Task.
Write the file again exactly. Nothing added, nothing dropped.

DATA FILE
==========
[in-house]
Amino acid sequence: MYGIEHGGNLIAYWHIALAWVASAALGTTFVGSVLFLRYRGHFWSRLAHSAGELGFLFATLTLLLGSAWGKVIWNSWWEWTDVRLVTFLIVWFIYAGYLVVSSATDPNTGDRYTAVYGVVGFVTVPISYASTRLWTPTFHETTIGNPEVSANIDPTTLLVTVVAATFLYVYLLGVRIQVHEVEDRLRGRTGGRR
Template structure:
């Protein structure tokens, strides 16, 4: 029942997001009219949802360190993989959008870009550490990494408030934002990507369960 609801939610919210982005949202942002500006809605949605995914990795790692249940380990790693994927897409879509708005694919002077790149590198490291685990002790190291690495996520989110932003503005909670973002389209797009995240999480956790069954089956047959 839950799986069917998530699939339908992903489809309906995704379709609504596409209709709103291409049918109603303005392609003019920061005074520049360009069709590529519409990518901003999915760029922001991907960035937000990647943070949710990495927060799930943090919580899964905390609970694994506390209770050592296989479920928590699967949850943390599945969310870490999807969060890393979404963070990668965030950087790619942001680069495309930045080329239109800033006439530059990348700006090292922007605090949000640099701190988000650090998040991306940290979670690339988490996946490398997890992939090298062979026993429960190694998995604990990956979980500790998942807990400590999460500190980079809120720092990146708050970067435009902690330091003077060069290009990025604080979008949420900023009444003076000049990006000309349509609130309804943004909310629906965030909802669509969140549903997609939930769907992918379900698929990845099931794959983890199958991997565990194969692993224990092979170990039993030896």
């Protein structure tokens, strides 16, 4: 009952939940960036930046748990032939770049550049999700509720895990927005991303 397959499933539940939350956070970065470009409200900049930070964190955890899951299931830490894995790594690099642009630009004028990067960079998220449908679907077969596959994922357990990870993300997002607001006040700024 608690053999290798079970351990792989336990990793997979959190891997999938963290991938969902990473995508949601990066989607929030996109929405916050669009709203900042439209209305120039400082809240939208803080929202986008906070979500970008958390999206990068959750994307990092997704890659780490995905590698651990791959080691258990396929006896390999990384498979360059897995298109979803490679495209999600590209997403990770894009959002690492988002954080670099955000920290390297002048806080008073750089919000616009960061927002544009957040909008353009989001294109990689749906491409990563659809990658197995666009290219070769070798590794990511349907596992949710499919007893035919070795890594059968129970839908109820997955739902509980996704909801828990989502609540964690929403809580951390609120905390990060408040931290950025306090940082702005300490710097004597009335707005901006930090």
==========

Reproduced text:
[in-house]
Amino acid sequence: MYGIEHGGNLIAYWHIALAWVASAALGTTFVGSVLFLRYRGHFWSRLAHSAGELGFLFATLTLLLGSAWGKVIWNSWWEWTDVRLVTFLIVWFIYAGYLVVSSATDPNTGDRYTAVYGVVGFVTVPISYASTRLWTPTFHETTIGNPEVSANIDPTTLLVTVVAATFLYVYLLGVRIQVHEVEDRLRGRTGGRR
Template structure:
């Protein structure tokens, strides 16, 4: 029942997001009219949802360190993989959008870009550490990494408030934002990507369960 609801939610919210982005949202942002500006809605949605995914990795790692249940380990790693994927897409879509708005694919002077790149590198490291685990002790190291690495996520989110932003503005909670973002389209797009995240999480956790069954089956047959 839950799986069917998530699939339908992903489809309906995704379709609504596409209709709103291409049918109603303005392609003019920061005074520049360009069709590529519409990518901003999915760029922001991907960035937000990647943070949710990495927060799930943090919580899964905390609970694994506390209770050592296989479920928590699967949850943390599945969310870490999807969060890393979404963070990668965030950087790619942001680069495309930045080329239109800033006439530059990348700006090292922007605090949000640099701190988000650090998040991306940290979670690339988490996946490398997890992939090298062979026993429960190694998995604990990956979980500790998942807990400590999460500190980079809120720092990146708050970067435009902690330091003077060069290009990025604080979008949420900023009444003076000049990006000309349509609130309804943004909310629906965030909802669509969140549903997609939930769907992918379900698929990845099931794959983890199958991997565990194969692993224990092979170990039993030896």
């Protein structure tokens, strides 16, 4: 009952939940960036930046748990032939770049550049999700509720895990927005991303 397959499933539940939350956070970065470009409200900049930070964190955890899951299931830490894995790594690099642009630009004028990067960079998220449908679907077969596959994922357990990870993300997002607001006040700024 608690053999290798079970351990792989336990990793997979959190891997999938963290991938969902990473995508949601990066989607929030996109929405916050669009709203900042439209209305120039400082809240939208803080929202986008906070979500970008958390999206990068959750994307990092997704890659780490995905590698651990791959080691258990396929006896390999990384498979360059897995298109979803490679495209999600590209997403990770894009959002690492988002954080670099955000920290390297002048806080008073750089919000616009960061927002544009957040909008353009989001294109990689749906491409990563659809990658197995666009290219070769070798590794990511349907596992949710499919007893035919070795890594059968129970839908109820997955739902509980996704909801828990989502609540964690929403809580951390609120905390990060408040931290950025306090940082702005300490710097004597009335707005901006930090």